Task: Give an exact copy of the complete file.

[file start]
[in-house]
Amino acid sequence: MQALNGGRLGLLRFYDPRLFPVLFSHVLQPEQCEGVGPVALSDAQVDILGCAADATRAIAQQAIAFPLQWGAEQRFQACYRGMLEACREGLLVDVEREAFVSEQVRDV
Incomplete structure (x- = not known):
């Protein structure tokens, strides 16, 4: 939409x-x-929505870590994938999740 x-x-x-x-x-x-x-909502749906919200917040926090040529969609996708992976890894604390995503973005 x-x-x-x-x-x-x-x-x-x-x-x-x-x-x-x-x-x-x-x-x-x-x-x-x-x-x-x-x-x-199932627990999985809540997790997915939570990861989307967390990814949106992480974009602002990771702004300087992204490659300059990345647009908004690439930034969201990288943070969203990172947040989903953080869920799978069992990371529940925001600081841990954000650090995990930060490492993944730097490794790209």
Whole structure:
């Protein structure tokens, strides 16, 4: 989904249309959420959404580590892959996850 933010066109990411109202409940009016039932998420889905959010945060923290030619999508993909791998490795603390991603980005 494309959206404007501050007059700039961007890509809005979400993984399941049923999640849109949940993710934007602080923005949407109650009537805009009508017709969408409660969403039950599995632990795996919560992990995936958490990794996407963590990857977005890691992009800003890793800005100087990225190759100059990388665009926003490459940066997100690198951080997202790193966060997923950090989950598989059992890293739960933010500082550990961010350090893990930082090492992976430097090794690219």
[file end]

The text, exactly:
[in-house]
Amino acid sequence: MQALNGGRLGLLRFYDPRLFPVLFSHVLQPEQCEGVGPVALSDAQVDILGCAADATRAIAQQAIAFPLQWGAEQRFQACYRGMLEACREGLLVDVEREAFVSEQVRDV
Incomplete structure (x- = not known):
């Protein structure tokens, strides 16, 4: 939409x-x-929505870590994938999740 x-x-x-x-x-x-x-909502749906919200917040926090040529969609996708992976890894604390995503973005 x-x-x-x-x-x-x-x-x-x-x-x-x-x-x-x-x-x-x-x-x-x-x-x-x-x-x-x-x-x-199932627990999985809540997790997915939570990861989307967390990814949106992480974009602002990771702004300087992204490659300059990345647009908004690439930034969201990288943070969203990172947040989903953080869920799978069992990371529940925001600081841990954000650090995990930060490492993944730097490794790209």
Whole structure:
């Protein structure tokens, strides 16, 4: 989904249309959420959404580590892959996850 933010066109990411109202409940009016039932998420889905959010945060923290030619999508993909791998490795603390991603980005 494309959206404007501050007059700039961007890509809005979400993984399941049923999640849109949940993710934007602080923005949407109650009537805009009508017709969408409660969403039950599995632990795996919560992990995936958490990794996407963590990857977005890691992009800003890793800005100087990225190759100059990388665009926003490459940066997100690198951080997202790193966060997923950090989950598989059992890293739960933010500082550990961010350090893990930082090492992976430097090794690219």